Leaders Who Knew It Wasn’t About Them
Free to Teach - February 2024

In celebration of Washington’s and Lincoln’s birthdays this month, which have been awkwardly combined into “President’s Day,” I would like to start by honoring each of them.

At the risk of sounding cliché, it is difficult to understate the gratitude we owe to George Washington. His force of character held the colonial army together during the darkest days of the Revolution. He drove a stake through the heart of monarchy in America when he refused to be made king after the war—when many saw his coronation as the answer to the emerging chaos in the states. Many would argue that Washington’s greatest single act was freeing his slaves in his will, while understandably indicting him for waiting so long. 

However, I would like to focus on a lesser-known contribution. When law and order were breaking down in the states following the successful Revolution, and Congress under the Articles of Confederation was too weak to respond, Washington noted:

We have errors to correct. We have probably had too good an opinion of human nature in forming our confederation…I do not conceive we can exist long as a nation, without having lodged somewhere a power which will pervade the whole Union… 

With an understanding of Jeremiah 17:9, Washington responded to James Madison’s call to create a stronger federal government, lending his formidable credibility to the cause by presiding over the 1787 Constitutional Convention in Philadelphia. The result of their deliberations continues to be the longest-surviving democratic republic in world history, which would go on to eventually fight a war to end slavery and extend equal protection of the law for all of its citizens. 

Why has our system lasted so long? Because, as Washington observed, it is a system designed to check flawed human nature. Separation of powers. Checks and balances. A divided legislative branch. Senate confirmation of presidential appointments. Veto and impeachment procedures. These were all written into the Constitution to enshrine the rule of law, rather than the rule of man—to protect us from corrupt (read: “human”) leaders. Washington’s stepping into retirement after two terms further cemented the concept of the rule of law in the American soul.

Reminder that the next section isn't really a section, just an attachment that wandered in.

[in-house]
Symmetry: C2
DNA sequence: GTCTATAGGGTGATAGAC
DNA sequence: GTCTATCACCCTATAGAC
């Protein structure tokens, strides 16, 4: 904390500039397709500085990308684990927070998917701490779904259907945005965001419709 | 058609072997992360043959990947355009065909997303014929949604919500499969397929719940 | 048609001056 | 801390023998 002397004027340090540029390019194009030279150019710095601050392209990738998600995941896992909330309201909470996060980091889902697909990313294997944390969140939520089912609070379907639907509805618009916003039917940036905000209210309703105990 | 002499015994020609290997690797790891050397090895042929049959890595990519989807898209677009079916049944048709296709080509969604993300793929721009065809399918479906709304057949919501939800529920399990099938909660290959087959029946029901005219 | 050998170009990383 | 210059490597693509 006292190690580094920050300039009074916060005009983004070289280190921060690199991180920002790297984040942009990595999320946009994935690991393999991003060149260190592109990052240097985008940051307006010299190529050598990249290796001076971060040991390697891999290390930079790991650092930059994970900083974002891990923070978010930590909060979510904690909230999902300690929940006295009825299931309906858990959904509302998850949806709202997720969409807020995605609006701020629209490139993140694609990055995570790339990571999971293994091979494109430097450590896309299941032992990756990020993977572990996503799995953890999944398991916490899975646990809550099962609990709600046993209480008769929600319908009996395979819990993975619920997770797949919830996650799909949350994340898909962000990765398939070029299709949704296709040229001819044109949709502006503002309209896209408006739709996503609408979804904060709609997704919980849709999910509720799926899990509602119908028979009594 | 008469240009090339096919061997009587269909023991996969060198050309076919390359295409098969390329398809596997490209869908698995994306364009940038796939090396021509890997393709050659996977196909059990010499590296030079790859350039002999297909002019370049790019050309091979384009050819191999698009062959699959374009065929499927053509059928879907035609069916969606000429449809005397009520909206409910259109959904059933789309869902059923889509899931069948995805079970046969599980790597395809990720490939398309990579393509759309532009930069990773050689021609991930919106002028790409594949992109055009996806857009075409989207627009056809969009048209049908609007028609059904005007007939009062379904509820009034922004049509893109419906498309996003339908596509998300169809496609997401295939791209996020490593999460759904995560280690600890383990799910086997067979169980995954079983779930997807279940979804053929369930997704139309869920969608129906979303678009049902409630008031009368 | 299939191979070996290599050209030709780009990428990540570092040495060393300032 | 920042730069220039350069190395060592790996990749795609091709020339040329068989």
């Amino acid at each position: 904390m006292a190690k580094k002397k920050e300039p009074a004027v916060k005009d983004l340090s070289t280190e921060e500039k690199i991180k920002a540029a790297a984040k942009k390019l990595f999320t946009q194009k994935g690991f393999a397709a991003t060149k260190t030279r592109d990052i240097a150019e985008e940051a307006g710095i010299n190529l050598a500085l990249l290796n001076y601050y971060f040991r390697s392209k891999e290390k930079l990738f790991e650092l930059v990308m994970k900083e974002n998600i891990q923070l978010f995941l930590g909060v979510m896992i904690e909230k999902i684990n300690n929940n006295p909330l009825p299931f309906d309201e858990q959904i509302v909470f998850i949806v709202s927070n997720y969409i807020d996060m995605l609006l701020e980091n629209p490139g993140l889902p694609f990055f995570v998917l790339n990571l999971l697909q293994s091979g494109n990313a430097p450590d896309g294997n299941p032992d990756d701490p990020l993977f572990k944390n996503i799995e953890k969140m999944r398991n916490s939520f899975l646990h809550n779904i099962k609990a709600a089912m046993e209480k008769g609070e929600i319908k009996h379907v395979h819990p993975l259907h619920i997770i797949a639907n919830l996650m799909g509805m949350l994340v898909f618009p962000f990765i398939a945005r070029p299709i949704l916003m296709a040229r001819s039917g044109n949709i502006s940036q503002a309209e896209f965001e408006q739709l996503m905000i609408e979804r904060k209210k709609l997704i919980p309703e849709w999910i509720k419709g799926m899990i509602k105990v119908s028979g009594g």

Today, evidence abounds that the rule of law is under threat. Many of our current or prospective political leaders seem willing to ignore or break laws at their preference, and by doing so exalt the rule of man over the rule of law. When we support political leaders who care little for the rule of just law, I believe Washington would hold that we put our democracy in peril. 

Speaking of Abraham Lincoln (who I believe was our most eloquent president), I can’t help but tear up at his words from his Second Inaugural Address framing the Civil War:

Fondly do we hope—fervently do we pray—that this mighty scourge of war may speedily pass away. Yet, if God wills that it continue until all the wealth piled by the bondsman’s two hundred and fifty years of unrequited toil shall be sunk and until every drop of blood drawn with the lash shall be paid by another drawn with the sword, as was said three thousand years ago so still it must be said, “the judgments of the Lord are true and righteous altogether.”

Notice Lincoln’s expression of a humble confidence in God’s sovereignty and purposes. Like Washington, he knew that the story was not about him—he was simply playing a role in God’s story. Lincoln understood that even though the North didn’t own slaves, much of Northern prosperity was built upon the slave economy. He was considering that God, in His justice, was holding the entire nation accountable for the sin of slavery. Some readers may hear in this an echo of Thomas Jefferson, also speaking of slavery, who said, “Indeed I tremble for my country when I reflect that God is just: that his justice cannot sleep forever.”

Lincoln’s observation begs a critical question: Is God’s justice temporarily sleeping on the millions of abortions, the hundreds of thousands of trafficked children, and the thousands of minors below the age of consent who are drugged and mutilated in the name of so-called “gender identity” in America? How long will He bless such a nation?